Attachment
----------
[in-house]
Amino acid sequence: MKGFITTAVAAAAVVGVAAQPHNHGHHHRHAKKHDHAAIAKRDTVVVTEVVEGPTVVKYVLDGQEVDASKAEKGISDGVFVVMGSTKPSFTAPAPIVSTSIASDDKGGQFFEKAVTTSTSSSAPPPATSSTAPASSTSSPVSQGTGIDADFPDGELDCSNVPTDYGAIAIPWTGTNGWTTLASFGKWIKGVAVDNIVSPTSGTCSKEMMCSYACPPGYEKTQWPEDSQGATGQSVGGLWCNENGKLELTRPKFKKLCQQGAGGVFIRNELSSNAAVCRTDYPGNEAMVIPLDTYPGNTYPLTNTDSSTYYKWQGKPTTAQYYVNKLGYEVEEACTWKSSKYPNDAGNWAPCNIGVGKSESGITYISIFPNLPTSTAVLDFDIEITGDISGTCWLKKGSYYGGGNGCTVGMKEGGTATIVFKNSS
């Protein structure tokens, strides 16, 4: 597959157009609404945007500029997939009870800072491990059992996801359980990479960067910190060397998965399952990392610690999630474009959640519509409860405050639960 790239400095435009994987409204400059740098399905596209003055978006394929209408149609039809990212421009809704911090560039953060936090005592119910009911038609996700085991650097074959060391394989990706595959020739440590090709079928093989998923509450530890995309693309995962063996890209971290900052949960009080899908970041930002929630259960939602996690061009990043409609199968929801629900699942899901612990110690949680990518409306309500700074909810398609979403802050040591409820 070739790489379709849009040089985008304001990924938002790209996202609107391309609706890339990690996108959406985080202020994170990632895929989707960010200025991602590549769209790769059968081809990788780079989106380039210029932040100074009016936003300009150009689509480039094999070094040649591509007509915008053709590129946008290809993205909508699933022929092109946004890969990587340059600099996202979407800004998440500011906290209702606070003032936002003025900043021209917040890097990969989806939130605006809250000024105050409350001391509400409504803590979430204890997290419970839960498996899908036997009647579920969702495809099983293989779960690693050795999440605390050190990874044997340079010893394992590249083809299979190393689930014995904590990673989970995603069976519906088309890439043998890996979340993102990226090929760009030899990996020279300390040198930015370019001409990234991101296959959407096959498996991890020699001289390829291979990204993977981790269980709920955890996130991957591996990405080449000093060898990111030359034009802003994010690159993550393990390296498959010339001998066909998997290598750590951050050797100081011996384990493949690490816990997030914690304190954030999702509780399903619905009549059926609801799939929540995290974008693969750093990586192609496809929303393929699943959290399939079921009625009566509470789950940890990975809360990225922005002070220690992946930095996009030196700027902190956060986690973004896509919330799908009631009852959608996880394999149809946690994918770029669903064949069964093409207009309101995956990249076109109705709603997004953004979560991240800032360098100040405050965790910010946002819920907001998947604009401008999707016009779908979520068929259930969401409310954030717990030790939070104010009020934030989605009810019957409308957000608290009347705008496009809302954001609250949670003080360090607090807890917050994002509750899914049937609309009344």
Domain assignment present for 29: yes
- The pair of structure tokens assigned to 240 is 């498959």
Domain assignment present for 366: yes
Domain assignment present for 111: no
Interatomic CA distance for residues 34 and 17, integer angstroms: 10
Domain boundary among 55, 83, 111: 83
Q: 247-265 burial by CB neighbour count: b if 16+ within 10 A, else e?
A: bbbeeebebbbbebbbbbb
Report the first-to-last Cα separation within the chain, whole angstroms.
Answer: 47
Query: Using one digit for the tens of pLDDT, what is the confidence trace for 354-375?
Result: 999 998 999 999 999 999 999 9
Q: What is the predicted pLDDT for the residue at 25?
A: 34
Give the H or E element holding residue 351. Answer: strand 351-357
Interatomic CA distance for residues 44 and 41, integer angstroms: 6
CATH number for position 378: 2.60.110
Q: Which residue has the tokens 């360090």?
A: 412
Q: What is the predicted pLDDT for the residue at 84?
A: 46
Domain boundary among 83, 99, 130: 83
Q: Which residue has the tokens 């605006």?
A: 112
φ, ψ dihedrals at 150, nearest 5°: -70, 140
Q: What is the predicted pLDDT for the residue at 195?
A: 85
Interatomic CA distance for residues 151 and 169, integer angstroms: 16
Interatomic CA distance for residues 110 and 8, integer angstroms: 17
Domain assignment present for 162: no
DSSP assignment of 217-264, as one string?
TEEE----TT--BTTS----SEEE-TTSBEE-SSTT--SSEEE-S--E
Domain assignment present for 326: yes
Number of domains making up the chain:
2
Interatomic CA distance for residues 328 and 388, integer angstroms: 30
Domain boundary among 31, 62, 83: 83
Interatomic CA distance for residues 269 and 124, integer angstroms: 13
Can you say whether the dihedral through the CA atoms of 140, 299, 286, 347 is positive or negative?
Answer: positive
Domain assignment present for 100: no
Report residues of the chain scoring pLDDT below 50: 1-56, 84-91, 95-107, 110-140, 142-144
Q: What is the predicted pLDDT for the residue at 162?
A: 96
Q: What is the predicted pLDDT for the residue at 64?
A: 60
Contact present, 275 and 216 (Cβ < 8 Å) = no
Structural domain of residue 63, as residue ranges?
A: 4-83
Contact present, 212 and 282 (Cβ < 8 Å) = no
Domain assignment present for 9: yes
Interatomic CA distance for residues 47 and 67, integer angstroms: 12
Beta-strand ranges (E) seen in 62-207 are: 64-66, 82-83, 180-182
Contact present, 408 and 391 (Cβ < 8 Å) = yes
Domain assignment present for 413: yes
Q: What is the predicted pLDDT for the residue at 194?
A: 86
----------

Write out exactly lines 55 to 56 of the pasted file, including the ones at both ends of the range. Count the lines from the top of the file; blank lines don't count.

Interatomic CA distance for residues 47 and 67, integer angstroms: 12
Beta-strand ranges (E) seen in 62-207 are: 64-66, 82-83, 180-182